“Besides, the message the Witnesses bring sounds strange to many persons and they fail to grasp its urgency. Only by hearing it again and again do they gradually get the point.”
[Box/Picture on page 574]
Using “Every Way Possible”
“Those of us inside the Lord’s organization have tried, in every way possible, to turn [the world’s] attention to the message of life. We have used slogans, full-page advertisements, radio, sound cars, portable phonographs, gigantic conventions, parades of information-walkers carrying signs, and a growing army of house-to-house ministers. This activity has served to divide people—those in favor of God’s established Kingdom on the one side, those against it on the other. This was the work foretold by Jesus for my generation.”—Written in 1987 by Melvin Sargent, at 91 years of age.
[Graph on page 574]
(For fully formatted text, see publication)
Increase of Home Bible Studies
1950 1960 1970 1980 1992
[Pictures on page 557]
Tens of millions of these tracts were distributed, free of charge, near the churches, from house to house, and by mail
[Pictures on page 558]
Colporteur evangelists distributed books explaining the Bible
[Picture on page 559]
Anna Andersen reached nearly every town in Norway with Bible literature
[Pictures on page 560]
Newspaper ads helped to reach people who were not being contacted in other ways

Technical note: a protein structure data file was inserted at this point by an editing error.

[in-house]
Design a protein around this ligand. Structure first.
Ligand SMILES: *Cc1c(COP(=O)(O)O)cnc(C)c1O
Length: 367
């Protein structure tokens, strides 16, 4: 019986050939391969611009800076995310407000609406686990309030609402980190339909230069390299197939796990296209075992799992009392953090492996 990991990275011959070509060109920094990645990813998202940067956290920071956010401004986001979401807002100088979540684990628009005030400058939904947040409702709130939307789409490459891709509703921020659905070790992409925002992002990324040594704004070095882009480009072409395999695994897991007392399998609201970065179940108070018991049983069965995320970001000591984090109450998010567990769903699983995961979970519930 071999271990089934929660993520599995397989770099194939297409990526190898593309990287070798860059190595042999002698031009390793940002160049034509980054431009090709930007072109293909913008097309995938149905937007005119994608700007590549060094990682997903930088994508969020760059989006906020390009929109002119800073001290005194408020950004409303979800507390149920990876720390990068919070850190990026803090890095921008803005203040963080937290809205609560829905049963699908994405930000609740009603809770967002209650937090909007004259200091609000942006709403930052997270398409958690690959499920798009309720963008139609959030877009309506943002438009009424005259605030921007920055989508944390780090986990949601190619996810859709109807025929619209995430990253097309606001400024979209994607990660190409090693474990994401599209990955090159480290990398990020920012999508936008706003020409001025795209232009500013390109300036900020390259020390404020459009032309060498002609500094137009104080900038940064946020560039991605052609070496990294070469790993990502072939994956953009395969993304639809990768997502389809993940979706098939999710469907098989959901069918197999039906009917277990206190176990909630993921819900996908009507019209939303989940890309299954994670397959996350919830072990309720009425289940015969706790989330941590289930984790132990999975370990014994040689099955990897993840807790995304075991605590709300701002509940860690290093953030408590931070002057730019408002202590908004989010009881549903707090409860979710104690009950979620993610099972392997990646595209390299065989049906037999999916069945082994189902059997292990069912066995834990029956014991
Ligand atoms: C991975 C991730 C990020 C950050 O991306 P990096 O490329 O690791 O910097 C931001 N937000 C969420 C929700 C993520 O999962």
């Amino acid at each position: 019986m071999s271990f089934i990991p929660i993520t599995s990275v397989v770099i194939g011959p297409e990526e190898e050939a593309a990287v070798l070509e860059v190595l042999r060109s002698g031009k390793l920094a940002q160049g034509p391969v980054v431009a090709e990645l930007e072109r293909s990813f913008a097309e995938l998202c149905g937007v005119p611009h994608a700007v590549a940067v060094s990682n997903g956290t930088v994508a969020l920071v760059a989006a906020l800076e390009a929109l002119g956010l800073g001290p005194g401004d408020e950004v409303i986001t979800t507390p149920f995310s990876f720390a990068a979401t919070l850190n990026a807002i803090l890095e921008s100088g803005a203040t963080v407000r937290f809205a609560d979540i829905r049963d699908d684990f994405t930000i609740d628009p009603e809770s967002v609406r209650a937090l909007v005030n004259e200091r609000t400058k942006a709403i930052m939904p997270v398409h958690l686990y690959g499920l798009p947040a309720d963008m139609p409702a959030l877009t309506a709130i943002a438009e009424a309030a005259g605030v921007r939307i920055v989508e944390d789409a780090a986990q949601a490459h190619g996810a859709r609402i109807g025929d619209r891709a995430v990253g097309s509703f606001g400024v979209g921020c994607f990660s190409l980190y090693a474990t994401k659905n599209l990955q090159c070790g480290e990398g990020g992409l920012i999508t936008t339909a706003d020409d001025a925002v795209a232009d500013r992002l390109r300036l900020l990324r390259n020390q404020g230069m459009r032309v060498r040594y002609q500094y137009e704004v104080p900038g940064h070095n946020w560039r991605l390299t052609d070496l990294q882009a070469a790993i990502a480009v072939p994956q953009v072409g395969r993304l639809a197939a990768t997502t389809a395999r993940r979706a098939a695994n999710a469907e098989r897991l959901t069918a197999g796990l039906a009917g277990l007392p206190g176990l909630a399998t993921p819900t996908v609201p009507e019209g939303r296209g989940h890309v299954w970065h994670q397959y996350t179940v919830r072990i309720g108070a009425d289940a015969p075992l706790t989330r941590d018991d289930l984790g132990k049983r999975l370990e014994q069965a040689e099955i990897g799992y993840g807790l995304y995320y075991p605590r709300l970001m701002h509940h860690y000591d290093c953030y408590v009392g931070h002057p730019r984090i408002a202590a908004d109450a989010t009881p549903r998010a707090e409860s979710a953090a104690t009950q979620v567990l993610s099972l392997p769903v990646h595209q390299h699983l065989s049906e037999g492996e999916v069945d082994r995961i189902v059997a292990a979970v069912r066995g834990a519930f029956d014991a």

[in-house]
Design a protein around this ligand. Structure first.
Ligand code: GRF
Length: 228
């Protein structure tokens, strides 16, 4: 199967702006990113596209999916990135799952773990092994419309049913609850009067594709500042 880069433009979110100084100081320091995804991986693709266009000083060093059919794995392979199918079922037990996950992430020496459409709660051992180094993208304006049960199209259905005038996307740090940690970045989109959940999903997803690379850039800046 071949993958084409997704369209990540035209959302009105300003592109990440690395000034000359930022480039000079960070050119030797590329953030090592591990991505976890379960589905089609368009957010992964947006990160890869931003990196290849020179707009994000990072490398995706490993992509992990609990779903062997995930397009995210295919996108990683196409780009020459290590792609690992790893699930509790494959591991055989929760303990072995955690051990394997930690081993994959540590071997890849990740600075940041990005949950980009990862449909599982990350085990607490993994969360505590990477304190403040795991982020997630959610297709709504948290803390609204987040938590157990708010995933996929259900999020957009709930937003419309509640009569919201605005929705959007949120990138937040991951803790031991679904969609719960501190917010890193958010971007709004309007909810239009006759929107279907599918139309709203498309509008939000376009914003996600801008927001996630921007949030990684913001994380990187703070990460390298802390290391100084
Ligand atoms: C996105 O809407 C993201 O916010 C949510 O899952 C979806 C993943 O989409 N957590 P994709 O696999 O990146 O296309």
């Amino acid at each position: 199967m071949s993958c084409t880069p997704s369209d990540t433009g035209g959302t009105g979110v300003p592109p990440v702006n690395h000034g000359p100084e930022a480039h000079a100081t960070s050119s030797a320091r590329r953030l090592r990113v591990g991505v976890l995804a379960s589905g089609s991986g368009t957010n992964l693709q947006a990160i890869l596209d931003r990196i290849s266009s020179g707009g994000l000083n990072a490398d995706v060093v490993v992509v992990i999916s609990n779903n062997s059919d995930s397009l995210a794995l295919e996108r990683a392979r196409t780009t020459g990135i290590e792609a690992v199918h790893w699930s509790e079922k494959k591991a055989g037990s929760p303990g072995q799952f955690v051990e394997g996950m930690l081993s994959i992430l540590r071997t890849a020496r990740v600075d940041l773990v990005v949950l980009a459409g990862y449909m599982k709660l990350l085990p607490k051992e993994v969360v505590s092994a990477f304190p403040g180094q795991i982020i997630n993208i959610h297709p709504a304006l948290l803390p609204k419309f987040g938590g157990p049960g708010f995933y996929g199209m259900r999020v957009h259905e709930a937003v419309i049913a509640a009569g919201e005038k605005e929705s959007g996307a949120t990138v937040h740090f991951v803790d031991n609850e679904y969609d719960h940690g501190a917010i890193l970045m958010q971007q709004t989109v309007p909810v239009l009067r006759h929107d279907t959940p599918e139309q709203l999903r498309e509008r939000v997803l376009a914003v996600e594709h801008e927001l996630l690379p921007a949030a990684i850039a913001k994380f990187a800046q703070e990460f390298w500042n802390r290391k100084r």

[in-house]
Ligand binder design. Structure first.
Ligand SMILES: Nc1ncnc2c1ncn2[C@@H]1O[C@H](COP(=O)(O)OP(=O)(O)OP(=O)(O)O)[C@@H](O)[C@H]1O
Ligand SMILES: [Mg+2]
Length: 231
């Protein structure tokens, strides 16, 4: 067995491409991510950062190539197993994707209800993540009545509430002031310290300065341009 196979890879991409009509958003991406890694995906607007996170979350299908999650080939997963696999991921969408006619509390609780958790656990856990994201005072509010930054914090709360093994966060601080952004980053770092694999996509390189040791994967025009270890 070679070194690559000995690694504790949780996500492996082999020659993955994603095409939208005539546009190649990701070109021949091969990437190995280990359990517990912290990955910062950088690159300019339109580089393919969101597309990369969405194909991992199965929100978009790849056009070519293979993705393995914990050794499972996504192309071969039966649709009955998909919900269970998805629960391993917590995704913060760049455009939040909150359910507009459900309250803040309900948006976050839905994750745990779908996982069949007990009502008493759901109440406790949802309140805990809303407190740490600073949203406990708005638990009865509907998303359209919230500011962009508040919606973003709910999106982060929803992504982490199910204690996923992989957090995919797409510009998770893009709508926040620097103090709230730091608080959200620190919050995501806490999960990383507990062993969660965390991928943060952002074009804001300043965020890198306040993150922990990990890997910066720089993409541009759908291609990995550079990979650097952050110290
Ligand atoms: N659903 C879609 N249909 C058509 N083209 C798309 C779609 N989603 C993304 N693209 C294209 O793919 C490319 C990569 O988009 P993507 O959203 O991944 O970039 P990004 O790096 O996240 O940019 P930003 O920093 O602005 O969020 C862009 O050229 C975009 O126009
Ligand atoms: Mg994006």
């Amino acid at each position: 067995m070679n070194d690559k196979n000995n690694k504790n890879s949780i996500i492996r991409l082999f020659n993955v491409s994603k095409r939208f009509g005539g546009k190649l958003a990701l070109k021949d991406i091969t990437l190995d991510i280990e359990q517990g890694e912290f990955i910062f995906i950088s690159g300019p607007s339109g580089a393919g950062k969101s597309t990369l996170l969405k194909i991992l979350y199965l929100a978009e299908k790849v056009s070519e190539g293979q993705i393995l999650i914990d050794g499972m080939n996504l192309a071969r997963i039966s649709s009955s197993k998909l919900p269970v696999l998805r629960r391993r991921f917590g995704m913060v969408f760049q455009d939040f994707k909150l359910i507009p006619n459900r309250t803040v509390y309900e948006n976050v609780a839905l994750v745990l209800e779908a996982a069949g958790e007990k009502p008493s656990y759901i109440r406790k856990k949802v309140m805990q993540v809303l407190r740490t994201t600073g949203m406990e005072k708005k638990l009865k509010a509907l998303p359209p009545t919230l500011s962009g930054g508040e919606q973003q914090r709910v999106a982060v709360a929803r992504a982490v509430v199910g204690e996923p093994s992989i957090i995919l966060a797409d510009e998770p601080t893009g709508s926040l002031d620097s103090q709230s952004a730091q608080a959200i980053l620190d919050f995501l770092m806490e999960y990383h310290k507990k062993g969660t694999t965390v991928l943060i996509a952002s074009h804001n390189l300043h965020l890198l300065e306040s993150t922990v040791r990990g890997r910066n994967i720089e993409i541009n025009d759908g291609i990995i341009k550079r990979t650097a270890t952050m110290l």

[Pictures on page 561]
More than 2,000 newspapers on four continents carried Brother Russell’s sermons concurrently
[Pictures on page 562]
The “Photo-Drama of Creation” gave a powerful witness to millions of people in many lands
[Picture on page 563]
By means of radio, J. F. Rutherford was able to witness to millions of people worldwide right in their homes
[Picture on page 564]
Prepared to leave by bicycle for group witnessing in England
[Picture on page 565]
Starting in 1933, printed testimony cards were used
[Picture on page 566]
Recorded Bible discourses gave a powerful witness during the 1930’s and 1940’s
[Picture on page 567]
Sound cars, sometimes many of them (as here in Australia), were used to broadcast Bible truth in public places
[Picture on page 568]
Illuminated signs in the windows of homes of Jehovah’s Witnesses gave a round-the-clock witness
[Picture on page 568]
Advertising placards and signs contributed to a bold public witness (as here in Scotland)
[Picture on page 569]
Street distribution of “The Watchtower” and “Consolation” (as shown here in U.S.A.) began in 1940
[Picture on page 569]
Starting in 1943, brothers in the congregations were given training in public speaking
[Pictures on page 571]
Home Bible studies are conducted with interested people. Below are publications specially designed for that—published first in English, then in many other languages
[Pictures on page 572, 573]
Young and old, male and female, Witnesses around the globe share in house-to-house witnessing